In Jesus’ story of the prodigal son, the son spends his inheritance on “living it up”: parties and excess. All of this at the expense of his family’s relationship and reputation.
What he asked for was an inheritance, something only granted on the death of his father. But Dad wasn’t dead yet, so the insult was huge.
When the money dried up and his prospects with it, the son found himself in a place of great humility, so much that he was willing to crawl home and live as a servant. The father had not given up on the son and lavished on him gifts and a great welcome-home feast.
I’m sure the father was only acting out of profound love. What he didn’t consider was the brokenness of the son. He was tired from a long journey, depressed from the consequences of his choices, and humiliated by the shame of spending his family fortune on wine, women, and song. I’m sure his sibling’s displeasure stung as well. Was a party the thing he needed, or did he have some need for rest and emotional healing?
Sometimes church people drift from their relationship with the church. COVID-19 drove this reality home, and many who left the church still haven’t returned. Perhaps they left hurt or sought greener pastures at another church. Maybe they spent some time on a church sabbatical.
Needless to say, if any of these persons were to return to church, they might bring some trepidation with them. Maybe they only wish to slip in and test the waters quietly before committing to returning for good.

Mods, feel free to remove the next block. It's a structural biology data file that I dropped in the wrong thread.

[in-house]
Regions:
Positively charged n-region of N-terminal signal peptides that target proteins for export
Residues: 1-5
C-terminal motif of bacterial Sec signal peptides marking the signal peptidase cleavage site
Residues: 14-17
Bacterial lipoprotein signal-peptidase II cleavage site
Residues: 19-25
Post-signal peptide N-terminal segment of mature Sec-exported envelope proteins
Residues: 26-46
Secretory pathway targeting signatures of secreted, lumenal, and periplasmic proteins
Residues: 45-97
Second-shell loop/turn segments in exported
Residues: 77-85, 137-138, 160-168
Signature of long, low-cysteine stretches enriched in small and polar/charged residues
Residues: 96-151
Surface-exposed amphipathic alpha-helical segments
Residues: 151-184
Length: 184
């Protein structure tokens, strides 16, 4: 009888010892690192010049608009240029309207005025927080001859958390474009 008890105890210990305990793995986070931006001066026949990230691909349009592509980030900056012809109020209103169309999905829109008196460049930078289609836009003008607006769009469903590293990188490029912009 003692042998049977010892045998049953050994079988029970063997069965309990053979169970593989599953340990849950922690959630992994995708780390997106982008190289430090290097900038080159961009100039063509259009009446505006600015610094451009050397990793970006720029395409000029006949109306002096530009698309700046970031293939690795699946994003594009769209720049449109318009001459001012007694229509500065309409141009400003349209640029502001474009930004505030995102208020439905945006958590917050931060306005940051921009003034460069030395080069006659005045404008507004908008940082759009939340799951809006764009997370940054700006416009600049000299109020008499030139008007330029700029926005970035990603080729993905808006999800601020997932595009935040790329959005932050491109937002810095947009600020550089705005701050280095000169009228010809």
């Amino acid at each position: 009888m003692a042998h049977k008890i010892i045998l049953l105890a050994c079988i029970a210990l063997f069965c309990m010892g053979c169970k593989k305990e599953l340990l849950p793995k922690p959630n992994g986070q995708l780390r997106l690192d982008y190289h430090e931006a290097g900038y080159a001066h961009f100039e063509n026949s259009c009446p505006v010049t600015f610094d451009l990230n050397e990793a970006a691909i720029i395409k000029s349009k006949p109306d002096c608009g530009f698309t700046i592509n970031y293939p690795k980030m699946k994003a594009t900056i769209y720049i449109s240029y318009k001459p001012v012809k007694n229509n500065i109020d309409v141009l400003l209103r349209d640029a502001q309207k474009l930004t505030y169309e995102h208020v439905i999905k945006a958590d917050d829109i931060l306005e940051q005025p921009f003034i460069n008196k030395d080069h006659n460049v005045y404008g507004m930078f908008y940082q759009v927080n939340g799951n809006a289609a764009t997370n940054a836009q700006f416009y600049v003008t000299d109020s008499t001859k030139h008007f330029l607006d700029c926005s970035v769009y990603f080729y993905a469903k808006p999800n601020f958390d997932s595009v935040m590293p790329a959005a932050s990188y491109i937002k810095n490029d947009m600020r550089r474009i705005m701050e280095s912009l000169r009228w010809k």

I have been told by some of our former worshipers, “I can’t return.” Others have been more specific about their reasons, such as, “People have talked about my absence, and someone will make me uncomfortable, even if it’s with well-meaning words.”
If you’ve ever been on the other side of those well-meaning words, maybe you can relate to what it feels like to hear, “There you are. We thought you had fallen off the face of the earth.” Or, “Look, he does exist!” I've even seen church members jokingly hand a returning prodigal a visitor's card, to make a point.
If I were the recipient of such attention, you wouldn’t see me the next Sunday.
Grace is not only something we receive, it’s something we give. I’m not proposing that we ignore a prodigal when and if they return -- only that we give appropriate attention and space for those who need to wade back into the water. No ring from our finger or fatted calf. Maybe just a kind word, a smile, and encouragement to return again. Perhaps the greatest gift we can bestow on the prodigal is quiet amnesty.
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The Rev. Scott Wilks is pastor at Memorial United Methodist Church in Clinton, Tennessee.